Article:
5 Ways to Instantly Write Better CSS


Sure, anyone can write CSS. Even programs are doing it for you now. But is the CSS any good? Here are 5 tips to start improving yours.

1. Reset

Seriously, always use a reset of some sort. Whether you are using the Eric Meyer Reset, the YUI Reset, or your own custom reset, just use something.

It can be as simple as removing the margin and padding from all elements:

html, body, div, h1, h2, h3, h4, h5, h6, ul, ol, dl, li, dt, dd, p, blockquote,
pre, form, fieldset, table, th, td { margin: 0; padding: 0; }

The Eric Meyer and YUI Resets are awesome, but to me, they just go too far. I feel like you end up resetting everything, and then redefining a lot of properties on the elements. This is why Eric Meyer recommends that you should not just take his reset stylesheet and drop it in your projects if there is a more effective way of using it. Tweak it. Build on it. Make it your own.

Oh and please, stop this:

* { margin: 0; padding: 0; }

It takes more time to process, and what do you think should happen to a radio button when you remove the padding? Form elements can sometimes do some funky things, so it may be best to just leave some of them alone.

2. Alphabetize

A Little Quiz

Which example would you think is faster to find the margin-right property?

Example 1

div#header h1 {
	z-index: 101;
	color: #000;
	position: relative;
	line-height: 24px;
	margin-right: 48px;
	border-bottom: 1px solid #dedede;
	font-size: 18px;

Example 2

div#header h1 {
	border-bottom: 1px solid #dedede;
	color: #000;
	font-size: 18px;
	line-height: 24px;
	margin-right: 48px;
	position: relative;
	z-index: 101;

You can’t tell me that Example 2 isn’t faster. By alphabetizing your properties, you are creating this consistency that will help you reduce the time you spend searching for a specific property.

I know some people who organize one way and others who organize another, but at my company, we made a consensus decision to all organize alphabetically. It has definitely helped when working with other people’s code. I cringe every time I go into a stylesheet where the properties are not sorted alphabetically.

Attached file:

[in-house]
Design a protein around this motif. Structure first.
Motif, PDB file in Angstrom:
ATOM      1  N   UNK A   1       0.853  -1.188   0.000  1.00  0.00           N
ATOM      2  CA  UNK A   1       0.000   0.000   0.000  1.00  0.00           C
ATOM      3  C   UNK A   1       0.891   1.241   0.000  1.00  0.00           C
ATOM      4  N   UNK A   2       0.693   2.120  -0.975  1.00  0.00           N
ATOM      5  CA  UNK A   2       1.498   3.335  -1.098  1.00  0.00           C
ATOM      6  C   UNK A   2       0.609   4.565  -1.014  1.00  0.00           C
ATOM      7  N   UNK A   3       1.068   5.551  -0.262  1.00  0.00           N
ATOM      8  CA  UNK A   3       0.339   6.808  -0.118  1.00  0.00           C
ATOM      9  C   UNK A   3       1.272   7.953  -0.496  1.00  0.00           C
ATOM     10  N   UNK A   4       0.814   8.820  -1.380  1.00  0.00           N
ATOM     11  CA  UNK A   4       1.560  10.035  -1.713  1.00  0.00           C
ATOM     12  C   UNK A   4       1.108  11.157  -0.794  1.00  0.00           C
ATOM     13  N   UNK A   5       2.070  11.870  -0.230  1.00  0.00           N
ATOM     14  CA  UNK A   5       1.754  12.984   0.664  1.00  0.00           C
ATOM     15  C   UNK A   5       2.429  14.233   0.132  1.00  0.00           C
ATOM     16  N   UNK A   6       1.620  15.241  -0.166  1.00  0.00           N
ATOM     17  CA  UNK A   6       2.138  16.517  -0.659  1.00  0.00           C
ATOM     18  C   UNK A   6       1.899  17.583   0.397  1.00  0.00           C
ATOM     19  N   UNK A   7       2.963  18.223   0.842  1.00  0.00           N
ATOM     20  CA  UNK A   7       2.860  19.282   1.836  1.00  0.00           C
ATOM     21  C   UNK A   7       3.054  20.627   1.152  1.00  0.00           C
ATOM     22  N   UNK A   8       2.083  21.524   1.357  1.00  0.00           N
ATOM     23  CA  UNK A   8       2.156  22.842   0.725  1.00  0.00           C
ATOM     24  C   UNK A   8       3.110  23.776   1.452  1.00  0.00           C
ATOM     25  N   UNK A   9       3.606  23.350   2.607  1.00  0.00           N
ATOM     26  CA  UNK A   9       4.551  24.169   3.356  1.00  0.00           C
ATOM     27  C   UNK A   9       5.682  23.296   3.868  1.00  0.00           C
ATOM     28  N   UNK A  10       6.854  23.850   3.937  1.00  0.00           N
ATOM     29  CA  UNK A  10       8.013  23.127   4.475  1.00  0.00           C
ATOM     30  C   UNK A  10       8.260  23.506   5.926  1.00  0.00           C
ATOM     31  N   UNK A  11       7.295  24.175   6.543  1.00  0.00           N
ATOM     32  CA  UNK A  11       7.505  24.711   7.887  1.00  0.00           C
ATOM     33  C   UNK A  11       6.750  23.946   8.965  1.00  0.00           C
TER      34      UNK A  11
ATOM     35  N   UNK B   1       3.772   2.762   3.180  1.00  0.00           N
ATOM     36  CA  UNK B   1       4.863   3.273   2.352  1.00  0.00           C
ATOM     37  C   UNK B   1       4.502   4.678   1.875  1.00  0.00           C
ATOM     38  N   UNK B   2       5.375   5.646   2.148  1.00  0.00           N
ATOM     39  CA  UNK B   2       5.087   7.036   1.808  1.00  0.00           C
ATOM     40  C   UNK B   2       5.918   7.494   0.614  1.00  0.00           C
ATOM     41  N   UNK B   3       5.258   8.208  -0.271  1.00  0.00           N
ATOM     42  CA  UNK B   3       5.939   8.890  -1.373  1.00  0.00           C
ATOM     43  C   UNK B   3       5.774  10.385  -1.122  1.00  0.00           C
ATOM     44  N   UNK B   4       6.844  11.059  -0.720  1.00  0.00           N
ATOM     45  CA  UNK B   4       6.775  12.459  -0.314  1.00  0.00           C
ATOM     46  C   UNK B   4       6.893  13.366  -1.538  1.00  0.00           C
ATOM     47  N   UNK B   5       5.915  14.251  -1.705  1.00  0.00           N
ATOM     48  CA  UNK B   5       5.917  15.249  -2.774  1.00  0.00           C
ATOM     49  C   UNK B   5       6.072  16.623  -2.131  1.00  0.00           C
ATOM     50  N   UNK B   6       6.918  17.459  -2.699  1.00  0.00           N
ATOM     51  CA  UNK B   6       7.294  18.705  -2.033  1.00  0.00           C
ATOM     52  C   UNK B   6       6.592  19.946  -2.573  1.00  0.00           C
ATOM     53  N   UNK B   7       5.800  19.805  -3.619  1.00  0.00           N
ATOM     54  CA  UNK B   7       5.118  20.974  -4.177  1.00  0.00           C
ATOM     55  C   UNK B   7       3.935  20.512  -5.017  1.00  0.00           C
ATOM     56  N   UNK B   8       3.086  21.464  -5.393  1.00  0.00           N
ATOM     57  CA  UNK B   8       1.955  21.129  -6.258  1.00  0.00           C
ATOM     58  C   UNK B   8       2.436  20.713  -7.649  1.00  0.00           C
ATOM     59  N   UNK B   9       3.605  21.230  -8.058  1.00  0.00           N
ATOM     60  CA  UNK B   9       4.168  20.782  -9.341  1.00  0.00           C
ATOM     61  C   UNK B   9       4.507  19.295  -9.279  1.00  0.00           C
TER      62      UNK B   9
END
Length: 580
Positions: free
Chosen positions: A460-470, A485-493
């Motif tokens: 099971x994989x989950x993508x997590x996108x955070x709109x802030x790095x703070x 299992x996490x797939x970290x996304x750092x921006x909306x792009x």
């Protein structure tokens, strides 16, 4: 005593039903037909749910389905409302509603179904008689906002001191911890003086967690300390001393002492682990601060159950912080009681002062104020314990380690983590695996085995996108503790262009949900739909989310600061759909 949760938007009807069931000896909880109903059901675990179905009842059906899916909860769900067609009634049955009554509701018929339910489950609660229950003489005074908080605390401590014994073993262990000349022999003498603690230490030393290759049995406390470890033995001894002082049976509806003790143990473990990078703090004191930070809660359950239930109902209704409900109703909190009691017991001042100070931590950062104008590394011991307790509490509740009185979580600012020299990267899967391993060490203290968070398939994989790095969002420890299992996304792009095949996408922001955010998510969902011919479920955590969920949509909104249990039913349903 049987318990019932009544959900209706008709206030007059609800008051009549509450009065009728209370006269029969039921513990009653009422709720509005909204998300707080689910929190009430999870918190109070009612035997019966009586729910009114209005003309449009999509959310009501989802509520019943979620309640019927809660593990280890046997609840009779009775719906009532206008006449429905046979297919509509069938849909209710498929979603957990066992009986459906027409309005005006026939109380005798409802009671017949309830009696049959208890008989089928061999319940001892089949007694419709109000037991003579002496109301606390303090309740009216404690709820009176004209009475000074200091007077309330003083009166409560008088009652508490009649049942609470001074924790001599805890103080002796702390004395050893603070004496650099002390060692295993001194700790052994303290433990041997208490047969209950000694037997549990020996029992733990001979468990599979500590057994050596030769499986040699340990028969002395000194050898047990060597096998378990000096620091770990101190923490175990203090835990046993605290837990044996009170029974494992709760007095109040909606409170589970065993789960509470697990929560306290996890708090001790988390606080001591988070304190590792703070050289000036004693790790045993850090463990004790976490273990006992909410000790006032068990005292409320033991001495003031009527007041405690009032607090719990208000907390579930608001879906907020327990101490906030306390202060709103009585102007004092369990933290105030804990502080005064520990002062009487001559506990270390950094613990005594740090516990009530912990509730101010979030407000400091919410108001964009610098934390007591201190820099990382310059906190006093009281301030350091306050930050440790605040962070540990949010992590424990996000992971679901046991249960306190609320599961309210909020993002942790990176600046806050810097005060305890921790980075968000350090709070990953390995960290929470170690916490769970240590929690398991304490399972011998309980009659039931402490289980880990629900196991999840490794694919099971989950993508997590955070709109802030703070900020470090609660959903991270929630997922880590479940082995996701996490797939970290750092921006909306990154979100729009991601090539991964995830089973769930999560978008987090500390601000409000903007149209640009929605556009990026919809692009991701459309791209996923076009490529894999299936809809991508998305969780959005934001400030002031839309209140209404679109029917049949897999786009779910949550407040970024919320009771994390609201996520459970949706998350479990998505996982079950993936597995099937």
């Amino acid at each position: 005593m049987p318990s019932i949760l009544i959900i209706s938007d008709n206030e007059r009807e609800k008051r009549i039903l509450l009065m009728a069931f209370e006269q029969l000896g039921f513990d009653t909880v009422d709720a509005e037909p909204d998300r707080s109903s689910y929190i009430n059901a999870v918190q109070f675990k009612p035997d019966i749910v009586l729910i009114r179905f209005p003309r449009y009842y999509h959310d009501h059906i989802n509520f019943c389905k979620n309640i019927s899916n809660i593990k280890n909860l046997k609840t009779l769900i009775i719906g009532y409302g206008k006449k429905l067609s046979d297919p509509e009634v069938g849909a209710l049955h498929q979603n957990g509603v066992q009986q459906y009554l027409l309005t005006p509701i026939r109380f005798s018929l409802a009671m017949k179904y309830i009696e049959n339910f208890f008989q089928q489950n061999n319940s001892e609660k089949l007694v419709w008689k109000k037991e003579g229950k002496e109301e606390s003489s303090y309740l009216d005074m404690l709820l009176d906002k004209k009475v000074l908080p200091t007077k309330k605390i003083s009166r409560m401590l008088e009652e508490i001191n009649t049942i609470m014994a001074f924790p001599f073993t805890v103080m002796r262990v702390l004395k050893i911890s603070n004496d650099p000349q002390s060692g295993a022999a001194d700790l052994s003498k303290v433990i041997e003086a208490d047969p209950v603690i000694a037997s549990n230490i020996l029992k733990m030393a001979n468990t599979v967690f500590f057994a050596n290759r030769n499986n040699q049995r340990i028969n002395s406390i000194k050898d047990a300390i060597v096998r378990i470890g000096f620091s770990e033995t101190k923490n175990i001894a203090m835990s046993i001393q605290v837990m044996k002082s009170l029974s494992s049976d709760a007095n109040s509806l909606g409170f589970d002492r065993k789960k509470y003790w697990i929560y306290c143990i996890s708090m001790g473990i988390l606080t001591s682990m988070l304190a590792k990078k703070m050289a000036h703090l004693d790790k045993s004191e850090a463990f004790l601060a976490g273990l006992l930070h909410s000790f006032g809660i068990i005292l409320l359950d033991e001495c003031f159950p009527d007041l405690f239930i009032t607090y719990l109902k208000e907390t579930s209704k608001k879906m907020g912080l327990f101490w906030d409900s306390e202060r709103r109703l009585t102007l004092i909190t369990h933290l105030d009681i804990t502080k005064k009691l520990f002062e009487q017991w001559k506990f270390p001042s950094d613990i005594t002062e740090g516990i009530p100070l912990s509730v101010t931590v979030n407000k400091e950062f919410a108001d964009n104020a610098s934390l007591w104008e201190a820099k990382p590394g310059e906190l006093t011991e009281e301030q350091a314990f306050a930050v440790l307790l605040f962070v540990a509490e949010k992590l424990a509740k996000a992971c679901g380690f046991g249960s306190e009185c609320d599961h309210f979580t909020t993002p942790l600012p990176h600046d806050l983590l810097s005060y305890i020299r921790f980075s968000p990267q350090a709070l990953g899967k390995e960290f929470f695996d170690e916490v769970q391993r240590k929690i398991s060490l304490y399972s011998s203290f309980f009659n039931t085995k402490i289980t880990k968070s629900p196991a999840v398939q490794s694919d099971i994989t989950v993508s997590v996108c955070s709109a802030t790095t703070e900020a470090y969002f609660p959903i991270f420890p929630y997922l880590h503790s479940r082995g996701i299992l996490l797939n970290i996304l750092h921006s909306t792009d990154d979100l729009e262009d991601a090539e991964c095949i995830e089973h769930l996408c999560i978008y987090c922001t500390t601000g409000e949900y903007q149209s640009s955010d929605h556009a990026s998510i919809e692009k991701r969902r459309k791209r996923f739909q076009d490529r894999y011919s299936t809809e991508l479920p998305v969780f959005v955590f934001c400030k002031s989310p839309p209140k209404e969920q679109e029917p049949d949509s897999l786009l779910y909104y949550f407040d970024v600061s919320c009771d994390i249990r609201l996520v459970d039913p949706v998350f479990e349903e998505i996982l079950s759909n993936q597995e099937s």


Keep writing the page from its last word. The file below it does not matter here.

3. Organization

You should organize your stylesheet so that it is easy to find things and related items are close together. Use comments effectively. For example, this is how I structure my stylesheets:

Remove margin and padding from elements

/*****Basic Elements*****/
Define styles for basic elements: body, h1-h6, ul, ol, a, p, etc.

/*****Generic Classes*****/
Define styles for simple things like floating to the sides, removing a bottom margin on elements, etc
Yes, these may not be as semantic as we would all like, but they are necessary for coding efficiently 

/*****Basic Layout*****/
Define the basic template: header, footer, etc. Elements that help to define the basic layout of the site

Define all elements in the header

Define all elements in the content area

Define all elements in the footer

Continue to define the other sections one by one

By using comments and grouping similar elements, it becomes much quicker to find what you are looking for.

4. Consistency

Whatever way you decide to code, stick with it. I am sick and tired of the whole 1 line vs. multiple lines for your CSS debate. There is no debate! Everyone has their own opinion, so pick what works for you and stick with it throughout the stylesheet.

Personally, I use a combination of both. If a selector is going to have more than 3 properties, I break it to multiple lines:

div#header { float: left; width: 100%; }
div#header div.column {
	border-right: 1px solid #ccc;
	float: right;
	margin-right: 50px;
	padding: 10px;
	width: 300px;
div#header h1 { float: left; position: relative; width: 250px; }

It works for me because 3 properties is about what fits on 1 line in my text editor before wrapping to another line. So just figure out what works for you and be consistent.

5. Start in the right place

Don’t you dare touch your stylesheet until you have written your markup!

When I am preparing to slice a site, I go through and mark-up the entire document from the opening body tag to the closing body tag before even creating a CSS file. I don’t add any superfluous divs, ids, or classes. I will add some generic divs like header, content, footer because I know these things are going to exist.

By marking up the document first, you won’t run into such diseases as divitis and classitis, which can sometimes be fatal! You only need to add in that stuff once you have begun to write the CSS and realize that you are going to need another hook to accomplish what you are trying to achieve.

Utilize CSS’s descendant selectors to target children elements; don’t just automatically add a class or id to the element. Just remember, CSS is worthless without a well formatted document.

*Editor's Note: I can't stress this point enough. As Trevor said, don't even touch your CSS file until the markup is 100% complete.


These are just some of the tips that help me to write better code. This is by no means the end of the list. As I come up with others, I’ll share.

What tips do you have for writing better CSS?

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